Peanut Smut Could Devastate U.S. CropMon, 17 Feb 2020 09:37:37 CST
A stubborn fungus found in Argentina peanut fields could devastate U.S. peanuts but research underway by Dr. Kelly Chamberlin, research biologist and acting research leader at the Wheat, Peanut and other Field Crops Research Unit for the USDA Agricultural Research Service in Stillwater, is aimed at developing resistant varieties.
Chamberlin presented her research during the recent Oklahoma Genetics, Inc. annual meeting in Edmond.
She said a fungus called Peanut Smut has devastated the crop in Argentina.
“The U.S. peanut producers have become concerned this smut could spread (from imported peanuts) and impact the crop here,” said Chamberlin .
Chamberlin said the smut affects the pod below the ground and is hidden from view until the plant is dug up. When the pods are broken open there is nothing there but fungus black spores.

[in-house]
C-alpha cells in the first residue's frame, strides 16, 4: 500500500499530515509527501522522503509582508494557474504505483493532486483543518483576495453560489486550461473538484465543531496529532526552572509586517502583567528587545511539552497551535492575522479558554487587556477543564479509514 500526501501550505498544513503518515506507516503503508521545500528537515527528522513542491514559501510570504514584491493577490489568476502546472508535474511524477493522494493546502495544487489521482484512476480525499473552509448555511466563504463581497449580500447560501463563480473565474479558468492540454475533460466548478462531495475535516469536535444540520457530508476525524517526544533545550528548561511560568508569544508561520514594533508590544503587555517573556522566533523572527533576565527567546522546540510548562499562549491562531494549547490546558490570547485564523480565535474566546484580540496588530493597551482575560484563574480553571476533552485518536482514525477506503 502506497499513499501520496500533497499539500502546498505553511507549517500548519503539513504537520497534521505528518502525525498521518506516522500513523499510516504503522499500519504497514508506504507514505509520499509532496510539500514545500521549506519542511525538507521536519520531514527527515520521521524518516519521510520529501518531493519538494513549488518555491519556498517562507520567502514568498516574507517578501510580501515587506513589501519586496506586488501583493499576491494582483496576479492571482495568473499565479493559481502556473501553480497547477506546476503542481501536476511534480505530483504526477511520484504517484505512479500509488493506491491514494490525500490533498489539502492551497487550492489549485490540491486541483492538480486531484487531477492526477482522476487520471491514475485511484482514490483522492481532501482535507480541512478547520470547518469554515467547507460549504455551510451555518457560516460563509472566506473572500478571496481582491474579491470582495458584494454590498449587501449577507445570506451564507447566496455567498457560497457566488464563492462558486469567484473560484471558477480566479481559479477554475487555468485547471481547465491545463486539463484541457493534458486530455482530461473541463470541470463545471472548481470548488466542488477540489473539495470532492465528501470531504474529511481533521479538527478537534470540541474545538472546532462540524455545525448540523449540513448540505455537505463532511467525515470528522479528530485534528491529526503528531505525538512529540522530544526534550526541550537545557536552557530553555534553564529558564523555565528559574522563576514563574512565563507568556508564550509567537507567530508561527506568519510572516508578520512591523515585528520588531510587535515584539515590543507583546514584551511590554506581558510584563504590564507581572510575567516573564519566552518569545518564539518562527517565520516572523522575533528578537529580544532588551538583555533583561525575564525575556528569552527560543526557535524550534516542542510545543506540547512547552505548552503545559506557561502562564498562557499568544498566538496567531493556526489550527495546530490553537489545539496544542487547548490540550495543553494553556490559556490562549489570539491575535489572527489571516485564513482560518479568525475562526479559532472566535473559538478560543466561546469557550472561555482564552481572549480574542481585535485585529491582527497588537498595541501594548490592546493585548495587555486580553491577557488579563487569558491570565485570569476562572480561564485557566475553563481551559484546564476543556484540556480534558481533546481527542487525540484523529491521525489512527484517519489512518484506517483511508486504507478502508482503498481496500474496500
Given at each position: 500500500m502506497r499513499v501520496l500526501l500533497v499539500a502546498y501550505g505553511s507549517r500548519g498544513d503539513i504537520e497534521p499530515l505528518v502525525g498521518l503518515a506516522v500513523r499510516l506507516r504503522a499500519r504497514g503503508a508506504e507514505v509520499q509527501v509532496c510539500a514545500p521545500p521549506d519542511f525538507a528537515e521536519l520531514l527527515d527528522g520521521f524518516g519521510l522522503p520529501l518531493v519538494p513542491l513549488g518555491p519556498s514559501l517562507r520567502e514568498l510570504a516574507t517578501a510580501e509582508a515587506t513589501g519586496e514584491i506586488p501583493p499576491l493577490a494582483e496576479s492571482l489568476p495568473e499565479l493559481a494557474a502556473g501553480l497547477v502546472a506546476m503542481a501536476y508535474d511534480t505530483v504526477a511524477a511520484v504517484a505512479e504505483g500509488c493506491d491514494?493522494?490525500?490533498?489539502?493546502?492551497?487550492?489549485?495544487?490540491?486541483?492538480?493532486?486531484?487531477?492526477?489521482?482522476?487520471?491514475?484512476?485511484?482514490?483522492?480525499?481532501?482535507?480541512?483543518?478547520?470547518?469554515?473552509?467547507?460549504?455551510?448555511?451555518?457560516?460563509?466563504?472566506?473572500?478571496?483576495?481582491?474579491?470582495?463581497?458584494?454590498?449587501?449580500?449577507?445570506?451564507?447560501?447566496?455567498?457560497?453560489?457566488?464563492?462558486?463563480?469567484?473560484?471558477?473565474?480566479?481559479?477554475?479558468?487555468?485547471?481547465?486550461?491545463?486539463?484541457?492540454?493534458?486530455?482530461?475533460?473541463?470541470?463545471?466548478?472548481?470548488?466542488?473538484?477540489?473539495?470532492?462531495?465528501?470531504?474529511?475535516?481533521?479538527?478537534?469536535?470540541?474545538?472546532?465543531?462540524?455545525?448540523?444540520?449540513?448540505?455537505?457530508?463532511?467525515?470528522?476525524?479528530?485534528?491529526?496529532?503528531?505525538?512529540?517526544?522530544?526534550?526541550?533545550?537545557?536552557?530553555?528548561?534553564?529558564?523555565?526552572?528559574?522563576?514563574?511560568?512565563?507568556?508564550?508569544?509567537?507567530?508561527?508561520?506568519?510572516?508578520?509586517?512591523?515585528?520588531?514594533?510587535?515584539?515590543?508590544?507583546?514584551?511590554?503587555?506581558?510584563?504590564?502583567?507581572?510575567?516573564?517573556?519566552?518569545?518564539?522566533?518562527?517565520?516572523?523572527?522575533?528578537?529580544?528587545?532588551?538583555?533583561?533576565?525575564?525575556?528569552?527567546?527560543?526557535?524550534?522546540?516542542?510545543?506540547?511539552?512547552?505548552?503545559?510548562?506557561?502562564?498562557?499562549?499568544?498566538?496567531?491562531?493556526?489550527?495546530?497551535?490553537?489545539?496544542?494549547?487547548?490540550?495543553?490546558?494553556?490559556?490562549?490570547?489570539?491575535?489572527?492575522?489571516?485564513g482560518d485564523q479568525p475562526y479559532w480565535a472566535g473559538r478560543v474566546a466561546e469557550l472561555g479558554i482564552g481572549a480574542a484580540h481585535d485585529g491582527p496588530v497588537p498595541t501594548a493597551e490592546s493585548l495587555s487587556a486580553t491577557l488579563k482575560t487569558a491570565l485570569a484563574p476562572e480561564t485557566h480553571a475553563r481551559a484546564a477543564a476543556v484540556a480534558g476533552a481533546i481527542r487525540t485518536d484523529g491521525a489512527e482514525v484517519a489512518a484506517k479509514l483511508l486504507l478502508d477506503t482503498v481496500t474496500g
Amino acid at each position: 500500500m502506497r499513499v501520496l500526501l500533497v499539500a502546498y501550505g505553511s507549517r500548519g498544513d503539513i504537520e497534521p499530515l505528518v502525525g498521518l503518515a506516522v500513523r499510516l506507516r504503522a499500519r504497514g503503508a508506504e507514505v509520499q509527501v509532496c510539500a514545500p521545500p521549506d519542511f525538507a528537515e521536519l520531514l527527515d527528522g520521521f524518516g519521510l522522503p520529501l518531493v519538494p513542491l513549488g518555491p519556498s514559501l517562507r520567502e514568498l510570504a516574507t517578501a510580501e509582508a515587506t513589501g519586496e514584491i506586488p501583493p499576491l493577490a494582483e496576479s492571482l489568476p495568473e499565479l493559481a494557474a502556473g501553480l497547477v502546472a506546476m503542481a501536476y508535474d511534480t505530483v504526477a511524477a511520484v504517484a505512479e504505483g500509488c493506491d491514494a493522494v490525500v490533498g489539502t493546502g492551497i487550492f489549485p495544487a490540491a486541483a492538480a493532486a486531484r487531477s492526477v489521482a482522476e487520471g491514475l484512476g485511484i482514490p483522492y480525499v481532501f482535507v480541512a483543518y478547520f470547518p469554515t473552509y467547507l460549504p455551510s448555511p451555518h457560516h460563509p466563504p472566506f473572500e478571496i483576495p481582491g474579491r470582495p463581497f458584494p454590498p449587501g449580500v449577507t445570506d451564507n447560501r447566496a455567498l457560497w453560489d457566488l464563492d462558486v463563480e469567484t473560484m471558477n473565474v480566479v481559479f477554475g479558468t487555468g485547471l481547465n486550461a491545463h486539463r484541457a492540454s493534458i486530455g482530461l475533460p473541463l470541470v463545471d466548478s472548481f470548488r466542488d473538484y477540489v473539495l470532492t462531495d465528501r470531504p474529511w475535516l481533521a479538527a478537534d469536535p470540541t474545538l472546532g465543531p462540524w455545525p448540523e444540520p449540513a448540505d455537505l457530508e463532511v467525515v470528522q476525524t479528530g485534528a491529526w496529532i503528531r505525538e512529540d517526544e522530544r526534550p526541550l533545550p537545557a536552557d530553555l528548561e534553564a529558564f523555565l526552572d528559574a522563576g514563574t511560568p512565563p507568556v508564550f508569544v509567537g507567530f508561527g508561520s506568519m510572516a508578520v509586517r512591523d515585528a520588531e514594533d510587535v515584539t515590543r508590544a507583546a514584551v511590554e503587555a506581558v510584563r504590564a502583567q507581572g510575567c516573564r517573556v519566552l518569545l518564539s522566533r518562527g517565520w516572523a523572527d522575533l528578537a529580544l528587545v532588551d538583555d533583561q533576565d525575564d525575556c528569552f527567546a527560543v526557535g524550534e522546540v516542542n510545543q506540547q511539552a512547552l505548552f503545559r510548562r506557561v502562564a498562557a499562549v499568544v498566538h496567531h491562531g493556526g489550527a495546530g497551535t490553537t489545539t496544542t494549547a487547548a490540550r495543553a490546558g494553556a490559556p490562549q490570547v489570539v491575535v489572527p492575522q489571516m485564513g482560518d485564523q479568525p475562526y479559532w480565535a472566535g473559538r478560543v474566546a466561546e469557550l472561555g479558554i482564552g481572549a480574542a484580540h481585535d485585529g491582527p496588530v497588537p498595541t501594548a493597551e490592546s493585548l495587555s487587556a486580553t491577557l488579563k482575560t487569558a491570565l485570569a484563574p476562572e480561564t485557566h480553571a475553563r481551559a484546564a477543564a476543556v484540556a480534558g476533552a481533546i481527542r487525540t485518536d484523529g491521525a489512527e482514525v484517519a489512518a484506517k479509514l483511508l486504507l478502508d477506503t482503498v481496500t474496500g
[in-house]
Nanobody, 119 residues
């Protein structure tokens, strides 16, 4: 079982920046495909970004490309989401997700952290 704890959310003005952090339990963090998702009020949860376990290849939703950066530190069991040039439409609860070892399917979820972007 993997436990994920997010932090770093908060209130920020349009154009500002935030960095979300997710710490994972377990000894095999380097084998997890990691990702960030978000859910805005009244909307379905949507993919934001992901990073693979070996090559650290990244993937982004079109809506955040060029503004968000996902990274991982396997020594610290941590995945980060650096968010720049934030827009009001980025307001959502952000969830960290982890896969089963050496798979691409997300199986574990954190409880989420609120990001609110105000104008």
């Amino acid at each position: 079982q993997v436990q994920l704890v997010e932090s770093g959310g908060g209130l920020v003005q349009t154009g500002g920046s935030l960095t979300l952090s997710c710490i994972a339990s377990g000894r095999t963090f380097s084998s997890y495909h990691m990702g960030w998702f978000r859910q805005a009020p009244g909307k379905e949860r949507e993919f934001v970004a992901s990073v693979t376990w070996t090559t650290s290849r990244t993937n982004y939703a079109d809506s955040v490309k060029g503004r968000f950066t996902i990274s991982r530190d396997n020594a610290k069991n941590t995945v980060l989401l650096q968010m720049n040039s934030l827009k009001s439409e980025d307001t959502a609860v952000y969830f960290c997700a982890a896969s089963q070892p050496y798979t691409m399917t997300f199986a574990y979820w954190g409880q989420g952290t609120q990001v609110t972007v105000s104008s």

This could reduce yields by as much as 75 percent.
The USDA scientist said there are no known fungicides that will stop the smut. The only cure is to develop resistant plants.
“We have been screening (plants) in Argentina for 4 years and we have found significant resistance in about 40 different sources and we’re now incorporating them into cultivars that can be grown in the U.S.,” said Chamberlin.
You can click on the link below to hear Radio Oklahoma Network Farm Editor Sam Knipp’s interview with Dr. Chamberlin.
WebReadyTM Powered by WireReady® NSI
Top Agricultural News